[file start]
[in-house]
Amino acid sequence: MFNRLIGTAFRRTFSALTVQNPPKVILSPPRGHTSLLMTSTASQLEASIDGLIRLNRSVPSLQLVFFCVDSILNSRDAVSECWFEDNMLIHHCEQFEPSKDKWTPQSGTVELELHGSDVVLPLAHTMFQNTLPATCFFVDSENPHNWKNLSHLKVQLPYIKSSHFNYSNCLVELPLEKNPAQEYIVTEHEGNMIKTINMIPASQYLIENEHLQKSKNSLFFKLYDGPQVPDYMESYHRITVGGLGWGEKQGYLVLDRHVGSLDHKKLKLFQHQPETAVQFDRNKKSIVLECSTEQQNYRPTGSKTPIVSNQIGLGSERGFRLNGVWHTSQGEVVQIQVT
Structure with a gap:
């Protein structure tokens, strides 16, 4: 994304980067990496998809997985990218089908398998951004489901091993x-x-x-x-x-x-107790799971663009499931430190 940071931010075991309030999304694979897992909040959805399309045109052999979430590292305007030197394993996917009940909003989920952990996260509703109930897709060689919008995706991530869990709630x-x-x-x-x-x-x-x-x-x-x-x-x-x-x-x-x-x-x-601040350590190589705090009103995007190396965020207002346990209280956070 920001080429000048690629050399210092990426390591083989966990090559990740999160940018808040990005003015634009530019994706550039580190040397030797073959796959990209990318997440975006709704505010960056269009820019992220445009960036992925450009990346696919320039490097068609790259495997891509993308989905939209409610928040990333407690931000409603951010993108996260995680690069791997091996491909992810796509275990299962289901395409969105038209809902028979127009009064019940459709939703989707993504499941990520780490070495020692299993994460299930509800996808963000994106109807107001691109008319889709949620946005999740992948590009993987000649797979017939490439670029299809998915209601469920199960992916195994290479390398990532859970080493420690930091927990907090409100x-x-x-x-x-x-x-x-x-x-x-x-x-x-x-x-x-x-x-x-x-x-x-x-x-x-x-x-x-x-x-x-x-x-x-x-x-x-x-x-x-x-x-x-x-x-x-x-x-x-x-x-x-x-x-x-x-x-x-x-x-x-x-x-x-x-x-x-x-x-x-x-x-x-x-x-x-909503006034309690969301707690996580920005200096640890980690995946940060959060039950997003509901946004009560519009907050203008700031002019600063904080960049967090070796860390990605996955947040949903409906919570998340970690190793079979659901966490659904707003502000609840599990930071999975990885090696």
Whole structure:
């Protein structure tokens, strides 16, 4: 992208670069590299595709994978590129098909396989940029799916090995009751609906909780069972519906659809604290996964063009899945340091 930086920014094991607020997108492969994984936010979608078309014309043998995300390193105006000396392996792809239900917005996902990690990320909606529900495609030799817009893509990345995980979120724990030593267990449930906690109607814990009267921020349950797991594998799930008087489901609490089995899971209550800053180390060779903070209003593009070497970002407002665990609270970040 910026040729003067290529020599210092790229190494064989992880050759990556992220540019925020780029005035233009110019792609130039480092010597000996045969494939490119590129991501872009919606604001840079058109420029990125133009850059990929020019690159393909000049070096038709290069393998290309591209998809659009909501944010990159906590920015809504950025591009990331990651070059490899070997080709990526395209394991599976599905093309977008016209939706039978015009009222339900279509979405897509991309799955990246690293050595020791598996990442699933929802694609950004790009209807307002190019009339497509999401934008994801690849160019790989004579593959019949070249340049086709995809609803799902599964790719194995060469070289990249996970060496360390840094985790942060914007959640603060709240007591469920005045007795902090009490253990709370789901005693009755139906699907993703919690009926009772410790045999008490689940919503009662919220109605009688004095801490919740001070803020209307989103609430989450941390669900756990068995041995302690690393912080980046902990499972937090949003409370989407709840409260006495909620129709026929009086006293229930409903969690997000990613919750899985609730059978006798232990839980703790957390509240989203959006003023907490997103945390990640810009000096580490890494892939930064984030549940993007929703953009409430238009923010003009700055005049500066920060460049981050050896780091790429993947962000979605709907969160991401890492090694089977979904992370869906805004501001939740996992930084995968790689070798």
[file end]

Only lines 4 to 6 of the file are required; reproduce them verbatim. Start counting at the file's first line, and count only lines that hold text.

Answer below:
């Protein structure tokens, strides 16, 4: 994304980067990496998809997985990218089908398998951004489901091993x-x-x-x-x-x-107790799971663009499931430190 940071931010075991309030999304694979897992909040959805399309045109052999979430590292305007030197394993996917009940909003989920952990996260509703109930897709060689919008995706991530869990709630x-x-x-x-x-x-x-x-x-x-x-x-x-x-x-x-x-x-x-601040350590190589705090009103995007190396965020207002346990209280956070 920001080429000048690629050399210092990426390591083989966990090559990740999160940018808040990005003015634009530019994706550039580190040397030797073959796959990209990318997440975006709704505010960056269009820019992220445009960036992925450009990346696919320039490097068609790259495997891509993308989905939209409610928040990333407690931000409603951010993108996260995680690069791997091996491909992810796509275990299962289901395409969105038209809902028979127009009064019940459709939703989707993504499941990520780490070495020692299993994460299930509800996808963000994106109807107001691109008319889709949620946005999740992948590009993987000649797979017939490439670029299809998915209601469920199960992916195994290479390398990532859970080493420690930091927990907090409100x-x-x-x-x-x-x-x-x-x-x-x-x-x-x-x-x-x-x-x-x-x-x-x-x-x-x-x-x-x-x-x-x-x-x-x-x-x-x-x-x-x-x-x-x-x-x-x-x-x-x-x-x-x-x-x-x-x-x-x-x-x-x-x-x-x-x-x-x-x-x-x-x-x-x-x-x-909503006034309690969301707690996580920005200096640890980690995946940060959060039950997003509901946004009560519009907050203008700031002019600063904080960049967090070796860390990605996955947040949903409906919570998340970690190793079979659901966490659904707003502000609840599990930071999975990885090696």
Whole structure:
């Protein structure tokens, strides 16, 4: 992208670069590299595709994978590129098909396989940029799916090995009751609906909780069972519906659809604290996964063009899945340091 930086920014094991607020997108492969994984936010979608078309014309043998995300390193105006000396392996792809239900917005996902990690990320909606529900495609030799817009893509990345995980979120724990030593267990449930906690109607814990009267921020349950797991594998799930008087489901609490089995899971209550800053180390060779903070209003593009070497970002407002665990609270970040 910026040729003067290529020599210092790229190494064989992880050759990556992220540019925020780029005035233009110019792609130039480092010597000996045969494939490119590129991501872009919606604001840079058109420029990125133009850059990929020019690159393909000049070096038709290069393998290309591209998809659009909501944010990159906590920015809504950025591009990331990651070059490899070997080709990526395209394991599976599905093309977008016209939706039978015009009222339900279509979405897509991309799955990246690293050595020791598996990442699933929802694609950004790009209807307002190019009339497509999401934008994801690849160019790989004579593959019949070249340049086709995809609803799902599964790719194995060469070289990249996970060496360390840094985790942060914007959640603060709240007591469920005045007795902090009490253990709370789901005693009755139906699907993703919690009926009772410790045999008490689940919503009662919220109605009688004095801490919740001070803020209307989103609430989450941390669900756990068995041995302690690393912080980046902990499972937090949003409370989407709840409260006495909620129709026929009086006293229930409903969690997000990613919750899985609730059978006798232990839980703790957390509240989203959006003023907490997103945390990640810009000096580490890494892939930064984030549940993007929703953009409430238009923010003009700055005049500066920060460049981050050896780091790429993947962000979605709907969160991401890492090694089977979904992370869906805004501001939740996992930084995968790689070798």